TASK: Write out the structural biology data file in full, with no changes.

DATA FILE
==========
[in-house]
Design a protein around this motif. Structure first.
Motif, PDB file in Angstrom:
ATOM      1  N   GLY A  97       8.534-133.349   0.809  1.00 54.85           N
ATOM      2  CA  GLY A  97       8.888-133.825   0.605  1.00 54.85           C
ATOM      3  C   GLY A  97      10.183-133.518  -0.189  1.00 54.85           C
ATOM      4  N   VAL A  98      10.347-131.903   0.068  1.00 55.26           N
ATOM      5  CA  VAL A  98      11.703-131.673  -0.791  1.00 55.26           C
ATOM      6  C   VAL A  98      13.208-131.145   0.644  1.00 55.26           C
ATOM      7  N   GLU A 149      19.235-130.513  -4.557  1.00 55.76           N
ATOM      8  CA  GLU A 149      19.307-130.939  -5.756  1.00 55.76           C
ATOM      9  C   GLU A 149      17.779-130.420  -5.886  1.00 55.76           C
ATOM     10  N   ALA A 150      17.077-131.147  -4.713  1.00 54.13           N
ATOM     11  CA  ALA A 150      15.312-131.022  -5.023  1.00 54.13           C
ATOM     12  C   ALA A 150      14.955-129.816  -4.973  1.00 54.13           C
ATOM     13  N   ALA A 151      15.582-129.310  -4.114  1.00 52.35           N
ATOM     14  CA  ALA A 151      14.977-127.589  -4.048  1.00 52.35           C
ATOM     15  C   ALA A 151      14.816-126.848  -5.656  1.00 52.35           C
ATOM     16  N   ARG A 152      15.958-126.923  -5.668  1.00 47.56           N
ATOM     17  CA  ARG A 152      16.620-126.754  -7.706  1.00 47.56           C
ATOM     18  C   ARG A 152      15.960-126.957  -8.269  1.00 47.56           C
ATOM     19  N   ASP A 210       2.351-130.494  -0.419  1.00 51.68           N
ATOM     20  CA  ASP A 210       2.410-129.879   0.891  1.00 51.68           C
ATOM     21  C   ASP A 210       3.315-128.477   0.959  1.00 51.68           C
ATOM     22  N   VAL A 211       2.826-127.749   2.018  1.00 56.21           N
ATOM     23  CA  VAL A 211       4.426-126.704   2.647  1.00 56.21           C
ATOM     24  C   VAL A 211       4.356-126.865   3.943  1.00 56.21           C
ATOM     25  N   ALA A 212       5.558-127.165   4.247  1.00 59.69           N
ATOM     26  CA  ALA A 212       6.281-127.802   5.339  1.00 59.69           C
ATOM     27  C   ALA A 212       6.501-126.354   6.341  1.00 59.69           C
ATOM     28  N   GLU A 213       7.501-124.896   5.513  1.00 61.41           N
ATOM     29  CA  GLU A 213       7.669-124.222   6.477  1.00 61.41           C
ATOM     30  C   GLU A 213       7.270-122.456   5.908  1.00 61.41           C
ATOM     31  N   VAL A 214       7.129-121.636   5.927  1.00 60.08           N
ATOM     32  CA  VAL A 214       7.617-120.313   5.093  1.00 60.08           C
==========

[in-house]
Design a protein around this motif. Structure first.
Motif, PDB file in Angstrom:
ATOM      1  N   GLY A  97       8.534-133.349   0.809  1.00 54.85           N
ATOM      2  CA  GLY A  97       8.888-133.825   0.605  1.00 54.85           C
ATOM      3  C   GLY A  97      10.183-133.518  -0.189  1.00 54.85           C
ATOM      4  N   VAL A  98      10.347-131.903   0.068  1.00 55.26           N
ATOM      5  CA  VAL A  98      11.703-131.673  -0.791  1.00 55.26           C
ATOM      6  C   VAL A  98      13.208-131.145   0.644  1.00 55.26           C
ATOM      7  N   GLU A 149      19.235-130.513  -4.557  1.00 55.76           N
ATOM      8  CA  GLU A 149      19.307-130.939  -5.756  1.00 55.76           C
ATOM      9  C   GLU A 149      17.779-130.420  -5.886  1.00 55.76           C
ATOM     10  N   ALA A 150      17.077-131.147  -4.713  1.00 54.13           N
ATOM     11  CA  ALA A 150      15.312-131.022  -5.023  1.00 54.13           C
ATOM     12  C   ALA A 150      14.955-129.816  -4.973  1.00 54.13           C
ATOM     13  N   ALA A 151      15.582-129.310  -4.114  1.00 52.35           N
ATOM     14  CA  ALA A 151      14.977-127.589  -4.048  1.00 52.35           C
ATOM     15  C   ALA A 151      14.816-126.848  -5.656  1.00 52.35           C
ATOM     16  N   ARG A 152      15.958-126.923  -5.668  1.00 47.56           N
ATOM     17  CA  ARG A 152      16.620-126.754  -7.706  1.00 47.56           C
ATOM     18  C   ARG A 152      15.960-126.957  -8.269  1.00 47.56           C
ATOM     19  N   ASP A 210       2.351-130.494  -0.419  1.00 51.68           N
ATOM     20  CA  ASP A 210       2.410-129.879   0.891  1.00 51.68           C
ATOM     21  C   ASP A 210       3.315-128.477   0.959  1.00 51.68           C
ATOM     22  N   VAL A 211       2.826-127.749   2.018  1.00 56.21           N
ATOM     23  CA  VAL A 211       4.426-126.704   2.647  1.00 56.21           C
ATOM     24  C   VAL A 211       4.356-126.865   3.943  1.00 56.21           C
ATOM     25  N   ALA A 212       5.558-127.165   4.247  1.00 59.69           N
ATOM     26  CA  ALA A 212       6.281-127.802   5.339  1.00 59.69           C
ATOM     27  C   ALA A 212       6.501-126.354   6.341  1.00 59.69           C
ATOM     28  N   GLU A 213       7.501-124.896   5.513  1.00 61.41           N
ATOM     29  CA  GLU A 213       7.669-124.222   6.477  1.00 61.41           C
ATOM     30  C   GLU A 213       7.270-122.456   5.908  1.00 61.41           C
ATOM     31  N   VAL A 214       7.129-121.636   5.927  1.00 60.08           N
ATOM     32  CA  VAL A 214       7.617-120.313   5.093  1.00 60.08           C